I'm working with a client on a website redevelopment project where the site in question targets two main end user types, lets call them 'Business-A' and 'Business-B'.

Apologies; I failed to mention first time round that the site also contains products which are equally applicable to both business groups but are not tailored toward those users in any way, if that makes any difference?

In addition to this, we plan to have product listings under each business area showing the products applicable to that area. When a user clicks on a product on the listing under 'Business-A', they are taken to the 'products' area to view the product. However, we also plan to have a generic listing under the 'products' area. The crux of the problem is that under this generic products listing how do we decide which variant of the product to show; the Business-A variant, or the 'Business-B' one ?

At the moment the site lists the same product under two different areas of the site so we effectively have:

                    product-y-for-business-a (etc...)
                    product-y-for-business-b (etc...)
                  product-aa (etc...)

To me this just feels wrong and I would never choose to organise a site this way as it would:

  1. be more difficult to maintain for content editors*

  2. be confusing for users who might have browsed a product under one area one day, then see more or less the same product another day when they arrive at the site from a search

  3. be less effective in terms of SEO best practices

* this point could be mitigated somewhat in this instance using cloning features of the chosen CMS.

So... Are there any other arguments against this approach which I might have overlooked here?

And... Are there alternative solutions to this problem? I thought about having single product pages, with supporting pages/content for each product targeted at the business-a and business-b, but this feels a little cumbersome to me.

3 Answers 3


You are confusing the user interface with the information architecture of the site. Just because you have a hierarchy that shows the product in two places does not mean that you should maintain two separate pages of product information, pricing, etc.

For example, on a clothing store you might list stuff under /clothing/summer/product, and you might also allow users to look under /clothing/shirts/product. Listing the product in two places is not the same as having two products. The URL is simply the API that 'queries' content for the user... don't think of it as a direct folder representation of your digital files.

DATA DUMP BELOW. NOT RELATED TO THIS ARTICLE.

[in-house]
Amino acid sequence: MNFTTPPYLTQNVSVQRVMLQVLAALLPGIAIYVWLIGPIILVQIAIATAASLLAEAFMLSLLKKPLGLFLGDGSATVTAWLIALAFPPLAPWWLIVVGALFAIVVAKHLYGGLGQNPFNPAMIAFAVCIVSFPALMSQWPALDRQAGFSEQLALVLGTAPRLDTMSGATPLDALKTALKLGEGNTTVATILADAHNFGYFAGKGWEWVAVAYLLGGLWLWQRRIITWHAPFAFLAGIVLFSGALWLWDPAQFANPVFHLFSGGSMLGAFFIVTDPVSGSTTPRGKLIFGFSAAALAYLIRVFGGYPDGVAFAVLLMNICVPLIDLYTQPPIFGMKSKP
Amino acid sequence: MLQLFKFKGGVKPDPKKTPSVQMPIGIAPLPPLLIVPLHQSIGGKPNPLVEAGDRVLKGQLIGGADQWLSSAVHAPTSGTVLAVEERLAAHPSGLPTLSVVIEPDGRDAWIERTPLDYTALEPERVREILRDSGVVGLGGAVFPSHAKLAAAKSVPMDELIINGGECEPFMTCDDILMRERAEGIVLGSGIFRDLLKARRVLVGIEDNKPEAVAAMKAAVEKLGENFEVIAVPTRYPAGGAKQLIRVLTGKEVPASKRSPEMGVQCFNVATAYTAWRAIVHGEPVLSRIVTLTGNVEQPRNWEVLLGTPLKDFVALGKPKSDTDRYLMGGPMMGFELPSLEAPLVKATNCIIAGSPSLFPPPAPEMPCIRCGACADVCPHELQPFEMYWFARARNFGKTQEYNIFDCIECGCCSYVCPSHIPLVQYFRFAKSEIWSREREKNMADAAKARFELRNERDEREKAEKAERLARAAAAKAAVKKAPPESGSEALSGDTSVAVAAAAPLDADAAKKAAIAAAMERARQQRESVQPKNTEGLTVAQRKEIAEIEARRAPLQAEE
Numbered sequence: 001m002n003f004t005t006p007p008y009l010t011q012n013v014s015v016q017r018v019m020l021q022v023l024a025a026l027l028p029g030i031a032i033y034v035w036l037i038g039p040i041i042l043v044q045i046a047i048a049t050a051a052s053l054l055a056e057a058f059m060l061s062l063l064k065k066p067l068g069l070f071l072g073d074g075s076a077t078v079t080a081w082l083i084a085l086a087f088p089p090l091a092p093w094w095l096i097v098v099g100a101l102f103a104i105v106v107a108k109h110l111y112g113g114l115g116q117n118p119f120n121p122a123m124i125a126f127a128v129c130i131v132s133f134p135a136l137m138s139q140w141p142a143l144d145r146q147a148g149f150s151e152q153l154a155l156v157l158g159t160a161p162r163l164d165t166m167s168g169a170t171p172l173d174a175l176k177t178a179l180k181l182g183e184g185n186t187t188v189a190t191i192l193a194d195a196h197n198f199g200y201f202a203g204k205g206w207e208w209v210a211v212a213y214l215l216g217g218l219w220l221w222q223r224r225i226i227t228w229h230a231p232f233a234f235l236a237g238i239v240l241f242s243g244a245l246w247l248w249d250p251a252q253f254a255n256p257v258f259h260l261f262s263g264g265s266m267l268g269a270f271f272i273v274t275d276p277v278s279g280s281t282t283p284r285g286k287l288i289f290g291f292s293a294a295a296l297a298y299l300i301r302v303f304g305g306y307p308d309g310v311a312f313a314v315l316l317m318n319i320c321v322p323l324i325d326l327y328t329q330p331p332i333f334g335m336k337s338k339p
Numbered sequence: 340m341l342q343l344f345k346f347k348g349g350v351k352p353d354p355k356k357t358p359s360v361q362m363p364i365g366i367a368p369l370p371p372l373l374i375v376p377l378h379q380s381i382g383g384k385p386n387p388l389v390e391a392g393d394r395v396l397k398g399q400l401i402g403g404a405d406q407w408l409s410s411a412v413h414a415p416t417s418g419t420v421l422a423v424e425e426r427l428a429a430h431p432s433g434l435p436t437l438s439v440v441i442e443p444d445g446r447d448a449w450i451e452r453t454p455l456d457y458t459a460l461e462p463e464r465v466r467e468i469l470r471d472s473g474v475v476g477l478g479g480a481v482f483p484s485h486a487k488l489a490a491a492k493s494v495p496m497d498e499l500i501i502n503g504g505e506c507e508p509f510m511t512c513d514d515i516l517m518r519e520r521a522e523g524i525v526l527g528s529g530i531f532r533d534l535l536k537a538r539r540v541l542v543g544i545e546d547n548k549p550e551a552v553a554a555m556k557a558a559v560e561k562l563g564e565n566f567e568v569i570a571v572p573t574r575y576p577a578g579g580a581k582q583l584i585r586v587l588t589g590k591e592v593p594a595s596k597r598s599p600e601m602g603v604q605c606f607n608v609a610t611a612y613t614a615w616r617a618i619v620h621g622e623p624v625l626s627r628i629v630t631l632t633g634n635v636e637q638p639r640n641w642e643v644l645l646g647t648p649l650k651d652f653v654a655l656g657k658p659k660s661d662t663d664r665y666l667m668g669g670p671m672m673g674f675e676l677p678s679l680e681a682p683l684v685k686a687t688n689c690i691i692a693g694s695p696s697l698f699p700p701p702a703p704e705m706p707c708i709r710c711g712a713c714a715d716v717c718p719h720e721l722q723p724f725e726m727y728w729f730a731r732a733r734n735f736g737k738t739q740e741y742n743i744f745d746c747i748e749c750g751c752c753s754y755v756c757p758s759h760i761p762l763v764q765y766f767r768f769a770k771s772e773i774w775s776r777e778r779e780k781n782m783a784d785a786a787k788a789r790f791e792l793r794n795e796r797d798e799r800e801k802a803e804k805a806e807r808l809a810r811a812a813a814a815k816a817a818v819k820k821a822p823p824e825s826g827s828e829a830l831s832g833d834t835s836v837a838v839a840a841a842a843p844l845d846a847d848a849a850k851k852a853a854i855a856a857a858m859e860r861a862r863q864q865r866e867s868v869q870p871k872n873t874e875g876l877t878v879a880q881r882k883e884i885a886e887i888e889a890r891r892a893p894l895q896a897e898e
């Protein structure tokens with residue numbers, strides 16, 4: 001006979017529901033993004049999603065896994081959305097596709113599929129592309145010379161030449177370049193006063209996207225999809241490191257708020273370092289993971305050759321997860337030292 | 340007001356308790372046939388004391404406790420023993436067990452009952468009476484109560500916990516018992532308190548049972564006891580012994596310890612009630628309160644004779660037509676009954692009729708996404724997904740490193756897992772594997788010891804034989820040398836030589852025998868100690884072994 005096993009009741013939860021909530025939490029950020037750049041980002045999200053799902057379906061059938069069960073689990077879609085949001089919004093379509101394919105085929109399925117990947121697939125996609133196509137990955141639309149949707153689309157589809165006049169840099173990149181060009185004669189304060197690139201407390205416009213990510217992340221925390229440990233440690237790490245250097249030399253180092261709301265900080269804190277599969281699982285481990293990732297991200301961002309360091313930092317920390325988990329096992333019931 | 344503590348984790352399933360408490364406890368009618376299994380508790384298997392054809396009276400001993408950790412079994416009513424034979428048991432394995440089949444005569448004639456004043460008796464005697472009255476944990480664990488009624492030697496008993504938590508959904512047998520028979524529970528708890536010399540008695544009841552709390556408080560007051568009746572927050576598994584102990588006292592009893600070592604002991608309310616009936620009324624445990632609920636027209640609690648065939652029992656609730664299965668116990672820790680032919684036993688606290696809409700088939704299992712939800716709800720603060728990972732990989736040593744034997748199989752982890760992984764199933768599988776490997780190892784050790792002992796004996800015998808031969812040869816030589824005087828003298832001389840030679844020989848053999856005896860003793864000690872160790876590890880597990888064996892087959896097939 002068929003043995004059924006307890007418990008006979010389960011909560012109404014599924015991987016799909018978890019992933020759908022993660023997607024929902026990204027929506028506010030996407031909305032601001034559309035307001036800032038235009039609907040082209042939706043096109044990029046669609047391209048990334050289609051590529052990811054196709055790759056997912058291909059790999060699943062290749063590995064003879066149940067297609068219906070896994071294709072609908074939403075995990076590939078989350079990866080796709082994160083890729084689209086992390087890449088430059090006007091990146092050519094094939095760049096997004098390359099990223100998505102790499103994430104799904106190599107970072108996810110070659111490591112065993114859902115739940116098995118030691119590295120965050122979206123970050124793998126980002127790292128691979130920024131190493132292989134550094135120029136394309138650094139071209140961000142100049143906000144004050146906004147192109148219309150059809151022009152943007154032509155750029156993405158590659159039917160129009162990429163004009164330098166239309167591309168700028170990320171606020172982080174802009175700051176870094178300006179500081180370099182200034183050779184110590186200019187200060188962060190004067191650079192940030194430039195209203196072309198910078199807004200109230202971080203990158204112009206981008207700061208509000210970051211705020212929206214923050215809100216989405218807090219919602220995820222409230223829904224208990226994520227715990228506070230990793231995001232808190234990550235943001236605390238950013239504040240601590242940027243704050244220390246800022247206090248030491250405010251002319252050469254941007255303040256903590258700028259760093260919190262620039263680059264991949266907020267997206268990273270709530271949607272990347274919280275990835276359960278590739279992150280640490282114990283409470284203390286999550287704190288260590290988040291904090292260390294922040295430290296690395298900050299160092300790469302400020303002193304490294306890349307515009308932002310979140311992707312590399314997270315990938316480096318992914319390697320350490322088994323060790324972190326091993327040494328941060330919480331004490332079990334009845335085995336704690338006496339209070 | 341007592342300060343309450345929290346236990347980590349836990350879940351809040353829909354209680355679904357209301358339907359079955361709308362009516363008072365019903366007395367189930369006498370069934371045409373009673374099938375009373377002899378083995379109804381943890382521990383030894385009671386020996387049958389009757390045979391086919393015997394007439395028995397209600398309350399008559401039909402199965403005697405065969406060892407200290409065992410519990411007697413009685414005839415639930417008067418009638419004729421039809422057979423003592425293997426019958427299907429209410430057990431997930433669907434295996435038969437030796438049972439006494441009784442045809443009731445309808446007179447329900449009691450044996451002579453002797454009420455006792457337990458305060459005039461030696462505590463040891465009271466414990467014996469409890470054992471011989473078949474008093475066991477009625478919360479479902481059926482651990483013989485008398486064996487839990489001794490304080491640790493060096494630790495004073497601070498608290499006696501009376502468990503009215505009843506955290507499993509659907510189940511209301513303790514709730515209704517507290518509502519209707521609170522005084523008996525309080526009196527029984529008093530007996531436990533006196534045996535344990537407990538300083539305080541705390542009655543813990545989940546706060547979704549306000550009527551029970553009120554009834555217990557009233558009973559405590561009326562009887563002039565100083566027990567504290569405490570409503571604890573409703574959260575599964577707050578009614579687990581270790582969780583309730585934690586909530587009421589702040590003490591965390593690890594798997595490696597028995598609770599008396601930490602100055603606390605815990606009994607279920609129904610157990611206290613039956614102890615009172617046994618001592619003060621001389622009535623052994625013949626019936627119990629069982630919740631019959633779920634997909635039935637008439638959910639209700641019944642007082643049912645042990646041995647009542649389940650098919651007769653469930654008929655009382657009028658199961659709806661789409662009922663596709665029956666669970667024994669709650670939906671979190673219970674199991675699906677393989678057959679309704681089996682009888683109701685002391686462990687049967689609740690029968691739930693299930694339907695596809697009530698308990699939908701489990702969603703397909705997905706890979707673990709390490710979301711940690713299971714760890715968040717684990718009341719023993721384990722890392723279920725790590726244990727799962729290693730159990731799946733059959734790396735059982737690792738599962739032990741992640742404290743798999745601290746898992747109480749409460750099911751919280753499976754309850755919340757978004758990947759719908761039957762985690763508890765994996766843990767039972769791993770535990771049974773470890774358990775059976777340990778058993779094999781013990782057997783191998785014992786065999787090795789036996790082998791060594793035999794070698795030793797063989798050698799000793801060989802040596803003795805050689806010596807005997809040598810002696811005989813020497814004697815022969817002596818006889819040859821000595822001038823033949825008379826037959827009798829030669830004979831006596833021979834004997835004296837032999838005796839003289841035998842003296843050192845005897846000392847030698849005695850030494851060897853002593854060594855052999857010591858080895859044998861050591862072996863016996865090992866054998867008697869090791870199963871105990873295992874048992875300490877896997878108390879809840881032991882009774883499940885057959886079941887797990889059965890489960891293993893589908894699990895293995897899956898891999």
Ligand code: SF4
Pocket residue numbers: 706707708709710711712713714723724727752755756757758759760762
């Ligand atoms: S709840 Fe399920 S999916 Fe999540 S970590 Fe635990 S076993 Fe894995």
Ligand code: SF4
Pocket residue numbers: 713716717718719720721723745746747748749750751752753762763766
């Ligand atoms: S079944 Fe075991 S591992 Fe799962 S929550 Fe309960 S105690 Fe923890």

Now, if the way the product is marketed is very different to these two users, you might want to maintain separate instances or views of it as they may be interested in different features. However, if that were true you probably wouldn't have asked this question.

  • 1
    Uum.. I don't think I am confusing user interface with information architecture actually and I'm aware that the way products are displayed/queried doesn't have to relate 1:1 to content items as I'm a software developer. What I'm trying to find out is whether having two versions of the same thing, albeit with different audience in mind, is a bad thing or not. If there is good justification for two versions of a page, then so be it, but if not, I'd like to know about alternative approaches. Commented May 22, 2012 at 18:50
  • I don't think there is any harm at all in having two views of the same product, at least unless there are some unmentioned oddities of the site. Commented May 22, 2012 at 19:16
  • 1
    Are they literally 2 identical versions? Or are they two different versions? That's the key factor.
    – DA01
    Commented May 22, 2012 at 19:24
  • There are two different versions in the current site. Commented May 23, 2012 at 7:26
  • If you're worried about duplicate content from an SEO perspective, or you want to concentrate everything in one place, remember that you can conditionally load in content on the page based on the navigational path that the user has taken to reach the page itself (eg. if they've been to /clothing/summer.html then you can pull in summer related content with AJAX when they reach the /clothing/shirts/product.html page).
    – kastark
    Commented May 23, 2012 at 10:20

If they are equally applicable to both end users, and are not tailored specifically, I can't fathom why you even need to split them into two sections??


I think it mostly comes down to the content. How much better (for the user) is to write specific content for each business type? There's a cost to creating and maintaining X times the no. of pages. so you want to make sure it's worthwhile.

I'd definitely consider whether whether one page can be designed to target all areas.

If you do go down the bespoke content route, then you're probably going to want to add some kind of navigation from each of the product page variants to the domain specific version. If the user arrives on the site on the general product page one of the business areas is still going to be interesting to them.

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